Tomorrow is the Shell AGM: the show case of the company’s year. Shell will be under fire from investors over corporate pay, but its record in Nigeria should be the real reason the company is in the spotlight.
In the Hague, the main venue for Shell’s main AGM, the oil company’s top brass will be out in force to put a gloss on the company’s recent poor financial performance.
The headlines are all about Executive pay: The Association of British Insurers has issued an “amber top” alert to its members about its concerns while one of the top 10 Shell investors has already said privately that it would vote against the company’s remuneration report.
Aside from “fat cat” oil barons, the main protests will be against Shell’s record in Nigeria. For many people executive pay is a secondary concern. At the AGM, Shell’s senior executives will have to answer charges of being complicit in environmental devastation – constant pollution and gas flaring in Nigeria.
The scrutiny of Shell’s record in Nigeria will only get worse next week, when, in a New York court room, Shell faces charges of complicity in Ken Saro-Wiwa’s murder and other abuses. This is only the first legal action Shell faces. In the Netherlands, Friends of the Earth and Nigerian plaintiffs are bringing an action over repeated oil spills in the Niger Delta.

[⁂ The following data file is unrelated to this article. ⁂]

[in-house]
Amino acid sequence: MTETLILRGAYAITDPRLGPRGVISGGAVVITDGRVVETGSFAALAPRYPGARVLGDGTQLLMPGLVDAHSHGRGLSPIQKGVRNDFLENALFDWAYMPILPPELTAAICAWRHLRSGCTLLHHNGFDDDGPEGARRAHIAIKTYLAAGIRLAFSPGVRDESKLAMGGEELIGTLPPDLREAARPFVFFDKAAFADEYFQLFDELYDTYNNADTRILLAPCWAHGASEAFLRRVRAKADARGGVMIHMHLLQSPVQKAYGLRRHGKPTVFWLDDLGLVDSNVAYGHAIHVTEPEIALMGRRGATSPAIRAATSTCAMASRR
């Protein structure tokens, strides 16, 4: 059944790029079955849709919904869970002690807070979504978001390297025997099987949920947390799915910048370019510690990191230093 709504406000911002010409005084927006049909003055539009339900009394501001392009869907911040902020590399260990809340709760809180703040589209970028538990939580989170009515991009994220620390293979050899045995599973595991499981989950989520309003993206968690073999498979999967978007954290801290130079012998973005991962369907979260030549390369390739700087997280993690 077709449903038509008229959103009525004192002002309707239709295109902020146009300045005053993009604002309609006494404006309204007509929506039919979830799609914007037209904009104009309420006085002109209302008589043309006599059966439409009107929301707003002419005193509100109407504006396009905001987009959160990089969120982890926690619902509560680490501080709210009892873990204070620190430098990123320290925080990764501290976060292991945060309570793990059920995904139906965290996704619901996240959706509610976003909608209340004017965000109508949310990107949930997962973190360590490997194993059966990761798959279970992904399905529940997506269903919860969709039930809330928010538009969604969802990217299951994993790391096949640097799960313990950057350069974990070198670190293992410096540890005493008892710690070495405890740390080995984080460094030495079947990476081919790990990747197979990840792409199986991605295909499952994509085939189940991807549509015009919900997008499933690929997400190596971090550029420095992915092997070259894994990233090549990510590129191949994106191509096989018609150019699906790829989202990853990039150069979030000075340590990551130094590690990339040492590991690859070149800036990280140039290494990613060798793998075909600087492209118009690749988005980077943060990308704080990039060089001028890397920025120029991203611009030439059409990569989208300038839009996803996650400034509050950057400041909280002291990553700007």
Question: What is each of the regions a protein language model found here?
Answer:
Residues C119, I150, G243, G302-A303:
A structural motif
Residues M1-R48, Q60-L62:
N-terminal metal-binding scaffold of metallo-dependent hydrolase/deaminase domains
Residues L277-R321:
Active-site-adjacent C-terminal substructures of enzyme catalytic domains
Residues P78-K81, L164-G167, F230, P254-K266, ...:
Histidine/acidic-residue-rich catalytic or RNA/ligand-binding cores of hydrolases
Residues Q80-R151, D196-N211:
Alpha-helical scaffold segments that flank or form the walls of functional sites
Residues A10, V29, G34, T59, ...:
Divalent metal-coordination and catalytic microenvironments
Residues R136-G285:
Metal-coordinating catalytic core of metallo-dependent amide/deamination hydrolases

There is no doubt that that if Saro-Wiwa was alive today, the Niger Delta would be a different place. His advocacy of non-violent protest could have stopped the descent into armed chaos. With a timing that is beyond ironic, the violence in the Delta has escalated just in time for Shell’s AGM and the trial in new York.
A spokesman for the main militant group – the Movement for the Emancipation of the Niger Delta (Mend) – has warned of an impending and “all out civil war” in response to attacks over the weekend by the military.
Getting reliable information from the Delta is notoriously difficult, but the BBC are now reporting that the Ijaw National Congress claims that 1,000 civilians have been killed in the recent violence by the armed forces, who were accused of indescriminarly killing and bombing innocent civilians.
This is just more needless violence fuelled by oil, the curse of Africa. The Niger Delta, once the jewel in the Shell Group’s crown, is now it is a bleeding, bloody thorn in its side.